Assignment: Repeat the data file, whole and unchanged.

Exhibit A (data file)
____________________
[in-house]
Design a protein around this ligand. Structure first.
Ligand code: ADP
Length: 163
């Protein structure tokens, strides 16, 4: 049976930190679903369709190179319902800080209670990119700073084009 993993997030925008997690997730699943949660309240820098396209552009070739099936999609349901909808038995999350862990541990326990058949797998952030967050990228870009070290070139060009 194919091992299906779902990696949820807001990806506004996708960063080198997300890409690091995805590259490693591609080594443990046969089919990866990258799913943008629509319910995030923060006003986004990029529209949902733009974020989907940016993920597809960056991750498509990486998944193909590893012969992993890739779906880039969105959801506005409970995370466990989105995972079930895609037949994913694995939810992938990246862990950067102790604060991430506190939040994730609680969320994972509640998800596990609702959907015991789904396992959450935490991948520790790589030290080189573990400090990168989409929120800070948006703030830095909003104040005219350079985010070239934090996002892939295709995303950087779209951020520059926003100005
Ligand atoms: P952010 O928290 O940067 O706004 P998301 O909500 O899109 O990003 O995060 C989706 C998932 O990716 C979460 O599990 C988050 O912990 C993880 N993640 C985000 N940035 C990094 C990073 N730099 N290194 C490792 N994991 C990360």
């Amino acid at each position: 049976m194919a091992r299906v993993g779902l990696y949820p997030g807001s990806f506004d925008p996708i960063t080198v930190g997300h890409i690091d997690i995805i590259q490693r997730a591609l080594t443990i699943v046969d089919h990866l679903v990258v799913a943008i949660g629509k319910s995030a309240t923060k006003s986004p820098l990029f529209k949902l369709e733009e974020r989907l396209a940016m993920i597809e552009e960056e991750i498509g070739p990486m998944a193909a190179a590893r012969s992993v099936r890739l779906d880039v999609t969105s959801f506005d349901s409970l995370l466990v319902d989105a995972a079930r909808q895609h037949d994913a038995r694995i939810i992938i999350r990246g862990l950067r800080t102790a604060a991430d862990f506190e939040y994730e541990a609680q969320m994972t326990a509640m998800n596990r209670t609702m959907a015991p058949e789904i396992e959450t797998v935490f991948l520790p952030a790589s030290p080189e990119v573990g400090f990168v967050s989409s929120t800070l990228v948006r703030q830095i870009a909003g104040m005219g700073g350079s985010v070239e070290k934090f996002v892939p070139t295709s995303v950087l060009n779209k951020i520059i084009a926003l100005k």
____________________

[in-house]
Design a protein around this ligand. Structure first.
Ligand code: ADP
Length: 163
């Protein structure tokens, strides 16, 4: 049976930190679903369709190179319902800080209670990119700073084009 993993997030925008997690997730699943949660309240820098396209552009070739099936999609349901909808038995999350862990541990326990058949797998952030967050990228870009070290070139060009 194919091992299906779902990696949820807001990806506004996708960063080198997300890409690091995805590259490693591609080594443990046969089919990866990258799913943008629509319910995030923060006003986004990029529209949902733009974020989907940016993920597809960056991750498509990486998944193909590893012969992993890739779906880039969105959801506005409970995370466990989105995972079930895609037949994913694995939810992938990246862990950067102790604060991430506190939040994730609680969320994972509640998800596990609702959907015991789904396992959450935490991948520790790589030290080189573990400090990168989409929120800070948006703030830095909003104040005219350079985010070239934090996002892939295709995303950087779209951020520059926003100005
Ligand atoms: P952010 O928290 O940067 O706004 P998301 O909500 O899109 O990003 O995060 C989706 C998932 O990716 C979460 O599990 C988050 O912990 C993880 N993640 C985000 N940035 C990094 C990073 N730099 N290194 C490792 N994991 C990360």
């Amino acid at each position: 049976m194919a091992r299906v993993g779902l990696y949820p997030g807001s990806f506004d925008p996708i960063t080198v930190g997300h890409i690091d997690i995805i590259q490693r997730a591609l080594t443990i699943v046969d089919h990866l679903v990258v799913a943008i949660g629509k319910s995030a309240t923060k006003s986004p820098l990029f529209k949902l369709e733009e974020r989907l396209a940016m993920i597809e552009e960056e991750i498509g070739p990486m998944a193909a190179a590893r012969s992993v099936r890739l779906d880039v999609t969105s959801f506005d349901s409970l995370l466990v319902d989105a995972a079930r909808q895609h037949d994913a038995r694995i939810i992938i999350r990246g862990l950067r800080t102790a604060a991430d862990f506190e939040y994730e541990a609680q969320m994972t326990a509640m998800n596990r209670t609702m959907a015991p058949e789904i396992e959450t797998v935490f991948l520790p952030a790589s030290p080189e990119v573990g400090f990168v967050s989409s929120t800070l990228v948006r703030q830095i870009a909003g104040m005219g700073g350079s985010v070239e070290k934090f996002v892939p070139t295709s995303v950087l060009n779209k951020i520059i084009a926003l100005k």